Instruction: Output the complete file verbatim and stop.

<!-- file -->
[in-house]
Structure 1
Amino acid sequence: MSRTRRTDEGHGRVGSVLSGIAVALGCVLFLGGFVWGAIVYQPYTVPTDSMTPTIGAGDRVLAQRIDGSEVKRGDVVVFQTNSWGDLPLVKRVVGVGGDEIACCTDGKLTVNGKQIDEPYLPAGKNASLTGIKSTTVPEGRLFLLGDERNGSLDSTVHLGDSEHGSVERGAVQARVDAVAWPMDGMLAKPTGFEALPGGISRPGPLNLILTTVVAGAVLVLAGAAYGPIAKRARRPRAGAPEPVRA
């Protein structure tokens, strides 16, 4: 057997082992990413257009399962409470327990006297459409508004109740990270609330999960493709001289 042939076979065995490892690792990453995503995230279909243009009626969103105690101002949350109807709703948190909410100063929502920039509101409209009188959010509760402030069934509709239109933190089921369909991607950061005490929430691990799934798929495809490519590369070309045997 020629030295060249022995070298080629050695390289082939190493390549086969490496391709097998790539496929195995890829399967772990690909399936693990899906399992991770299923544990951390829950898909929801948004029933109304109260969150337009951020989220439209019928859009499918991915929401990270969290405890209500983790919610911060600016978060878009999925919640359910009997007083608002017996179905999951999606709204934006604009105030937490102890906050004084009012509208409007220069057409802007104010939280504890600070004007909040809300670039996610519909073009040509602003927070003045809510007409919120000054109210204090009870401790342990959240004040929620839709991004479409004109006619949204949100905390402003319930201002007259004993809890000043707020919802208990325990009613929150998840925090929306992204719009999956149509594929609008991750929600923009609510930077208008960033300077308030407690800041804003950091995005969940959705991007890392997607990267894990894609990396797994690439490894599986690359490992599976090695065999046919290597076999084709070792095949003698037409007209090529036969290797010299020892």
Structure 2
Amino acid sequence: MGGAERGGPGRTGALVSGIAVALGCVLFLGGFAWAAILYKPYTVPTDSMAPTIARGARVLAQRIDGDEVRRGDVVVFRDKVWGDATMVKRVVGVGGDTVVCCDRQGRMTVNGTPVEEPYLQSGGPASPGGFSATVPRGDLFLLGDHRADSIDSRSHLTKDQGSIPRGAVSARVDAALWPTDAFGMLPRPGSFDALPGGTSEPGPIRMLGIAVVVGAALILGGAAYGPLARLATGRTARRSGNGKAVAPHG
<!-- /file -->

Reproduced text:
[in-house]
Structure 1
Amino acid sequence: MSRTRRTDEGHGRVGSVLSGIAVALGCVLFLGGFVWGAIVYQPYTVPTDSMTPTIGAGDRVLAQRIDGSEVKRGDVVVFQTNSWGDLPLVKRVVGVGGDEIACCTDGKLTVNGKQIDEPYLPAGKNASLTGIKSTTVPEGRLFLLGDERNGSLDSTVHLGDSEHGSVERGAVQARVDAVAWPMDGMLAKPTGFEALPGGISRPGPLNLILTTVVAGAVLVLAGAAYGPIAKRARRPRAGAPEPVRA
């Protein structure tokens, strides 16, 4: 057997082992990413257009399962409470327990006297459409508004109740990270609330999960493709001289 042939076979065995490892690792990453995503995230279909243009009626969103105690101002949350109807709703948190909410100063929502920039509101409209009188959010509760402030069934509709239109933190089921369909991607950061005490929430691990799934798929495809490519590369070309045997 020629030295060249022995070298080629050695390289082939190493390549086969490496391709097998790539496929195995890829399967772990690909399936693990899906399992991770299923544990951390829950898909929801948004029933109304109260969150337009951020989220439209019928859009499918991915929401990270969290405890209500983790919610911060600016978060878009999925919640359910009997007083608002017996179905999951999606709204934006604009105030937490102890906050004084009012509208409007220069057409802007104010939280504890600070004007909040809300670039996610519909073009040509602003927070003045809510007409919120000054109210204090009870401790342990959240004040929620839709991004479409004109006619949204949100905390402003319930201002007259004993809890000043707020919802208990325990009613929150998840925090929306992204719009999956149509594929609008991750929600923009609510930077208008960033300077308030407690800041804003950091995005969940959705991007890392997607990267894990894609990396797994690439490894599986690359490992599976090695065999046919290597076999084709070792095949003698037409007209090529036969290797010299020892």
Structure 2
Amino acid sequence: MGGAERGGPGRTGALVSGIAVALGCVLFLGGFAWAAILYKPYTVPTDSMAPTIARGARVLAQRIDGDEVRRGDVVVFRDKVWGDATMVKRVVGVGGDTVVCCDRQGRMTVNGTPVEEPYLQSGGPASPGGFSATVPRGDLFLLGDHRADSIDSRSHLTKDQGSIPRGAVSARVDAALWPTDAFGMLPRPGSFDALPGGTSEPGPIRMLGIAVVVGAALILGGAAYGPLARLATGRTARRSGNGKAVAPHG